For the past two years, members of the Commission on the Future of Higher Education in Virginia have had the unique and welcome opportunity to examine these and other issues regarding higher education in Virginia. We have met several talented and dedicated professionals who shared their perspectives about the challenges that need to be addressed as the 21st century approaches. We have also learned much about the work that takes place in our institutions of higher learning, as well as the funding and organizational mechanisms that support teaching and research.

We have come to expect a lot from Virginia higher education and to take it as our due. The restructuring in which we are engaged should be particularly ambitious because most of our colleges and universities range from "good" to "superior" among their peers nationally.

A. Balancing Teaching and Research

Both teaching and research are important roles of our colleges and universities. This is not a matter of choosing one or the other. In fact, they come together if we think about the college or university as a "place intentionally designed for learning to occur." Students learn, often with teachers as their guides. Faculty learn, often from the research they do in their fields of specialty.

A balance is needed between these two important activities. Each institution should spell out, as precisely as possible, the extent to which its faculty is committed to teaching and to research. Then the key decisions that determine the careers of faculty retention, promotion, tenure, salary increases, sabbatical leaves should be determined on the basis of the balance that has been established.

Because of the variety of colleges and universities in our system, the balance between teaching and research does, and should, differ across institutions. At major research universities, research will occupy more faculty time while at community colleges it will occupy very little. But teaching should be important everywhere and every institution should administer its systems of incentives in a way that is consistent with the balance it has stated for itself.

The women and men who are faculty go through stages of their professional lives, as we all do. There may be periods when interaction with undergraduate students is extremely rewarding, others when being part of a research team is fulfilling, and still others when administration is the right kind of work. We urge institutions to avoid "one-size-fits-all" faculty job descriptions and to create reward systems that set performance objectives for groups of faculty (an entire department or institute, for instance), thereby allowing individuals to contribute differently to the group effort.

Of this much we are sure: the citizens of Virginia want to know that they and their children have access to the best faculty available. They want to know that, except in rare instances, faculty teach. They will not support institutions in which the teaching is done by graduate students or part-timers while the full-time faculty is off doing something else.

For this reason, we think it is important for the colleges and universities to meet the increased productivity goals they set in their restructuring plans. With only a few exceptions, all are adequately staffed to handle current enrollments; several can handle limited increases in enrollment without adding staff. The restructuring efforts will increase faculty teaching productivity in various ways: faculty teaching more courses, using technology to reach greater numbers of students, and moving away from traditional classroom formats to encourage students to learn independently and with other students.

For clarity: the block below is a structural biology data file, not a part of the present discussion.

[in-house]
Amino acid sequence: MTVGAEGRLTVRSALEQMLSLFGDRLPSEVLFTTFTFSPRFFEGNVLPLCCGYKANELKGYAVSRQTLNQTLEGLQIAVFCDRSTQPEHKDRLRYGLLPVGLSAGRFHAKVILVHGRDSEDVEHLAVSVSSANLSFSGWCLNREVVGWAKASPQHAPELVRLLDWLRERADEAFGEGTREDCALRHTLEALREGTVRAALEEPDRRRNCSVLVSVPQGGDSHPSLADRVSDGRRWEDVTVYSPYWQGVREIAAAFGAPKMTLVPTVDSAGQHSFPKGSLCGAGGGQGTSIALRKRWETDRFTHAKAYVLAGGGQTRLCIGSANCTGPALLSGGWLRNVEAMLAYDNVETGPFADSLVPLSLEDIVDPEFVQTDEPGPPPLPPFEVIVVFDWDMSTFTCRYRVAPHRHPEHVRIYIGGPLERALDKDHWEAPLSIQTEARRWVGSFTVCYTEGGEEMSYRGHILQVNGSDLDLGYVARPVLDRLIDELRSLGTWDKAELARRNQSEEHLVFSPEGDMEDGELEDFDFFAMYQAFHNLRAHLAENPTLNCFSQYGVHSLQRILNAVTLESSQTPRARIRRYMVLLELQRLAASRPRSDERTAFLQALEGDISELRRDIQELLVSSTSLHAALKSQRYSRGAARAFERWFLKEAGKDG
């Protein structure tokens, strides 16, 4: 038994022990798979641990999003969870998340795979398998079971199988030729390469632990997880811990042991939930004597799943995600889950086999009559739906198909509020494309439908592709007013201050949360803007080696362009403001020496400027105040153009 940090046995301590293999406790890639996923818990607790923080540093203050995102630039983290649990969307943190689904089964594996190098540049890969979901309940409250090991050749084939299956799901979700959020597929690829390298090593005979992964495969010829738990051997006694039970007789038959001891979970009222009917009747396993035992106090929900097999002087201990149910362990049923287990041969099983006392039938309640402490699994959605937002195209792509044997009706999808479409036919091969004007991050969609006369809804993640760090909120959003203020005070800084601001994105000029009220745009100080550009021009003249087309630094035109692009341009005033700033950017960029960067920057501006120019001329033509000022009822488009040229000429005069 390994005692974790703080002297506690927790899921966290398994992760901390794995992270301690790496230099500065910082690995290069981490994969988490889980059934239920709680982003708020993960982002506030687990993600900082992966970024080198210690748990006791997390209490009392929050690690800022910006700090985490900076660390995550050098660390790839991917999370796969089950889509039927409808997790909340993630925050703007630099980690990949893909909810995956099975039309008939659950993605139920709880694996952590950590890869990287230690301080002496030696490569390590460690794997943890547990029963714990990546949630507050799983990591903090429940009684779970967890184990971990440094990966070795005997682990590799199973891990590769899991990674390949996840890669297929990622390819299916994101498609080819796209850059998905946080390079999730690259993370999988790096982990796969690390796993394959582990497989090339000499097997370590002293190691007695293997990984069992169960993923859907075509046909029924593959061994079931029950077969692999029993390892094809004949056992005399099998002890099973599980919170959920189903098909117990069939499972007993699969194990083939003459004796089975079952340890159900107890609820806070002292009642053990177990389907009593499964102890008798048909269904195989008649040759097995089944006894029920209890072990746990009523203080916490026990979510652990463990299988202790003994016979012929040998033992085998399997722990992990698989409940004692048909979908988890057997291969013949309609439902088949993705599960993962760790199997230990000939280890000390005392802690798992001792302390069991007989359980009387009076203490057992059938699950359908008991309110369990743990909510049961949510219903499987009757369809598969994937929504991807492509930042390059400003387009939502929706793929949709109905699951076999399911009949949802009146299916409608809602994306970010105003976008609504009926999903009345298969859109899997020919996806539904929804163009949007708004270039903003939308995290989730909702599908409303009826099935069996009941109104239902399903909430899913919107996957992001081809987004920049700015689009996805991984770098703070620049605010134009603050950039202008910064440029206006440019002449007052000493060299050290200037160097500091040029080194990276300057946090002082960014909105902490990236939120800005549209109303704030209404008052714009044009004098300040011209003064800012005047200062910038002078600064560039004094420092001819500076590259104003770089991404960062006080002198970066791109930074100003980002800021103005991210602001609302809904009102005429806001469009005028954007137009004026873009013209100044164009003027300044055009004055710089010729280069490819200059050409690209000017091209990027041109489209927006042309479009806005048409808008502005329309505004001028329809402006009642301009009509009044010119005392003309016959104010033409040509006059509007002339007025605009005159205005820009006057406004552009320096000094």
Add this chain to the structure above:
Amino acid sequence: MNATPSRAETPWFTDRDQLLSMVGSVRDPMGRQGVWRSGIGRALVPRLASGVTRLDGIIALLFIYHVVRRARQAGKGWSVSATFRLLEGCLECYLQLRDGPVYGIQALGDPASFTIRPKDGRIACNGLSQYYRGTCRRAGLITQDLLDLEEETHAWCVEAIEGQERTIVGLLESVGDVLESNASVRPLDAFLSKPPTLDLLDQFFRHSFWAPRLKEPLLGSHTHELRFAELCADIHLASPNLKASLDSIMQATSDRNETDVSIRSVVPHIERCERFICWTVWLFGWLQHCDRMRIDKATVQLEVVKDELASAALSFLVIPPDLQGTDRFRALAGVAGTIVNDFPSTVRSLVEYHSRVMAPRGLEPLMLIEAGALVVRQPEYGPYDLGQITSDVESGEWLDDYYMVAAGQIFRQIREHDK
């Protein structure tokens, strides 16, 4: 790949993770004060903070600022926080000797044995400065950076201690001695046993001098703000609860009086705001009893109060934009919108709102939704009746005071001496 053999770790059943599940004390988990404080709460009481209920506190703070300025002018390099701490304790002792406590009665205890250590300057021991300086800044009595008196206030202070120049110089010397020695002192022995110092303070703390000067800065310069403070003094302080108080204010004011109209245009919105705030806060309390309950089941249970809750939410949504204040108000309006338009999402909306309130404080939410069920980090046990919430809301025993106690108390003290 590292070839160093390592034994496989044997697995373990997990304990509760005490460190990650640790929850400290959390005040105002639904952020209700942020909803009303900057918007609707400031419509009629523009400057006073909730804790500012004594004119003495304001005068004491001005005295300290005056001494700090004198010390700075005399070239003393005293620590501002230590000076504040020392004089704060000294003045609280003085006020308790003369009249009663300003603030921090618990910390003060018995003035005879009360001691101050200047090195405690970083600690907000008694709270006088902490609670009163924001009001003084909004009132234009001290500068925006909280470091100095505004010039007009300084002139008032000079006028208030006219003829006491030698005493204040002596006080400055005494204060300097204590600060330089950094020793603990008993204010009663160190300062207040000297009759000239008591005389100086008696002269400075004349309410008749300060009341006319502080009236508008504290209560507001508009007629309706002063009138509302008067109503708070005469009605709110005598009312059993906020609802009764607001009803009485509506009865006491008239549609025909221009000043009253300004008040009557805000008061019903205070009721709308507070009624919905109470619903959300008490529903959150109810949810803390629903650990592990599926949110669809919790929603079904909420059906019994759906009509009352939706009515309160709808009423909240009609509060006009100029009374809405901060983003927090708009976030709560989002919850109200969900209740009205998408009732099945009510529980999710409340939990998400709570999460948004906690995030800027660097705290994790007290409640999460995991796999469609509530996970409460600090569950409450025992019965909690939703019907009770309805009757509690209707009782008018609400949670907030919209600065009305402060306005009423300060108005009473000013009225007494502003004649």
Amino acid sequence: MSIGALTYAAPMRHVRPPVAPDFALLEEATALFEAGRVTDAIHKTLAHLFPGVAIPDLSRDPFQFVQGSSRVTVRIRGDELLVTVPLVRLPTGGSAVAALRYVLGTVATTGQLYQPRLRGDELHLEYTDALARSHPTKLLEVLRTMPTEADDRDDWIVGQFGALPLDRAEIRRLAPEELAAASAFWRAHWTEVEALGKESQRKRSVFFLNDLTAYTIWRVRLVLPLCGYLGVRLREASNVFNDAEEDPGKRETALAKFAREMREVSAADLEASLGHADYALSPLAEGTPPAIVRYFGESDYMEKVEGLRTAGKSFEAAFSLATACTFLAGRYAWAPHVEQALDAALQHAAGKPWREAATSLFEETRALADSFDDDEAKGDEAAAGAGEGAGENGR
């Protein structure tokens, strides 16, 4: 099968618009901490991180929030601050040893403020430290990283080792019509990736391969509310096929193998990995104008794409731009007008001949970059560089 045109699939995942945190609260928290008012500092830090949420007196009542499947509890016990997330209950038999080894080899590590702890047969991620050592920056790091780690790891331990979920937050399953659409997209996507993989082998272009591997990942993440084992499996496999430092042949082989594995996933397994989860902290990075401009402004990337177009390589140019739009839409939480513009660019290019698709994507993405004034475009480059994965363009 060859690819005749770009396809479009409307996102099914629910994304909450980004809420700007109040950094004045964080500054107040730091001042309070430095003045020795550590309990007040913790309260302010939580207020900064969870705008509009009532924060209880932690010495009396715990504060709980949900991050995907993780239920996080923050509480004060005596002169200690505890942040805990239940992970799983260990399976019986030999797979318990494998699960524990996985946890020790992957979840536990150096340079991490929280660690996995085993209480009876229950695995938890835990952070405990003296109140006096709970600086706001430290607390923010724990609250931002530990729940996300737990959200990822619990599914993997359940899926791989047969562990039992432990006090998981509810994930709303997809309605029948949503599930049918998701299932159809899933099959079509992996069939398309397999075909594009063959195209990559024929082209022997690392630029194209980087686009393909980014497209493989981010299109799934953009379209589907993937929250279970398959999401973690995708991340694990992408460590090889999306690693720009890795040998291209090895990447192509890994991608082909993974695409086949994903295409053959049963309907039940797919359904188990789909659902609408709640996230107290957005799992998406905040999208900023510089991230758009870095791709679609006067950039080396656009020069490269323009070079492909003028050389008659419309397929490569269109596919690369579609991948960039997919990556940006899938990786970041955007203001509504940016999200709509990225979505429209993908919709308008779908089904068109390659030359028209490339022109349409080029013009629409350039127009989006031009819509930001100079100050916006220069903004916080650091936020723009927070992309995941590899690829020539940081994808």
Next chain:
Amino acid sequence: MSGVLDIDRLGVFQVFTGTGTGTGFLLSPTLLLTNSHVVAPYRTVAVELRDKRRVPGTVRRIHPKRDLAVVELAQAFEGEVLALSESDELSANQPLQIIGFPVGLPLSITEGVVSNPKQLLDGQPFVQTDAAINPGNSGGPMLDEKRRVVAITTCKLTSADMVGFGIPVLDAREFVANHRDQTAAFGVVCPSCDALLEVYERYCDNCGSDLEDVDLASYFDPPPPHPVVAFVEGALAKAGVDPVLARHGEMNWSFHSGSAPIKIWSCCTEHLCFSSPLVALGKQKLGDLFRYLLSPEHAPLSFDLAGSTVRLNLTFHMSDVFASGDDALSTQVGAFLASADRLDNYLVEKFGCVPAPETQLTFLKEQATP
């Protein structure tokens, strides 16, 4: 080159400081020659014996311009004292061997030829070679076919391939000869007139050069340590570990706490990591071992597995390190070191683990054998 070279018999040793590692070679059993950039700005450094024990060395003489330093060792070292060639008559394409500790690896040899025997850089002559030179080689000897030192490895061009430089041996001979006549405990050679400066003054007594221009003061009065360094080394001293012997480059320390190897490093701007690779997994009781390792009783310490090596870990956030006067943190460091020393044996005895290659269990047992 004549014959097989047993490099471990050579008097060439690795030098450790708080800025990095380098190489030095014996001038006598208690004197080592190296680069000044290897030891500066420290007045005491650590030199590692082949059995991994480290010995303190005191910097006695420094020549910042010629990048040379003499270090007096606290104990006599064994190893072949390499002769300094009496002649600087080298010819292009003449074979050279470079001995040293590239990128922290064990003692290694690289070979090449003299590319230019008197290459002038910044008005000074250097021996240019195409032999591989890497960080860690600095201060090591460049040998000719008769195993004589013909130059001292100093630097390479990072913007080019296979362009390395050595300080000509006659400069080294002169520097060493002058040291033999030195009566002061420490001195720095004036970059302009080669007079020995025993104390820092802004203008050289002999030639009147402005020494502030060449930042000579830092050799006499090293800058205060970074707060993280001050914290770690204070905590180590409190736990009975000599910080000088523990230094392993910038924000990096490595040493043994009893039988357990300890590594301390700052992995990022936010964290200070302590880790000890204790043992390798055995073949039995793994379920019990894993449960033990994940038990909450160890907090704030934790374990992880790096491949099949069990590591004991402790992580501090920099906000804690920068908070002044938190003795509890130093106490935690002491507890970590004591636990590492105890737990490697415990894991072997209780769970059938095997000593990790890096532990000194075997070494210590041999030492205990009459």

Teaching ought to be front and center in every institution's mission and faculty ought to be rewarded to a greater degree for the attention they give to students and to student learning. We put it this way because, in the final analysis, we are interested in what students learn what kinds of people they have become, and what they know and are able to do as a result of attending our colleges and universities.

It is not easy to measure the results of education but some Virginia universities have indicated that their restructuring will attempt to account for the learning that occurs. For example, George Mason University may look at a portfolio of a student's work to evaluate learning. Other institutions are developing courses that rely more on self-paced, individual research and only a fraction of the traditional lecture format. We strongly encourage these efforts both because they are right and because they can help us define a key dimension of faculty productivity more meaningfully: by what students learn rather than by how many hours faculty teach.

B. Faculty Tenure

The general public, with corporate executives among the more outspoken, are asking pointed questions about the meaning of tenure as we approach the new world of the 21st century. Many commission members, especially those of us who are not academics, admit to an intuitive, almost visceral, reaction against that aspect of tenure that appears to guarantee lifetime employment.

Academic freedom is not at question. It is universally accepted that faculty scholars must have the freedom to follow their inquiries wherever they may lead, regardless of whether their work is popular or in accord with conventional notions of truth. And, faculty must be assured of their freedom of speech to share their scholarship. Tenure has historically protected this freedom of inquiry, although a strong body of case law and other legal protections also now exist.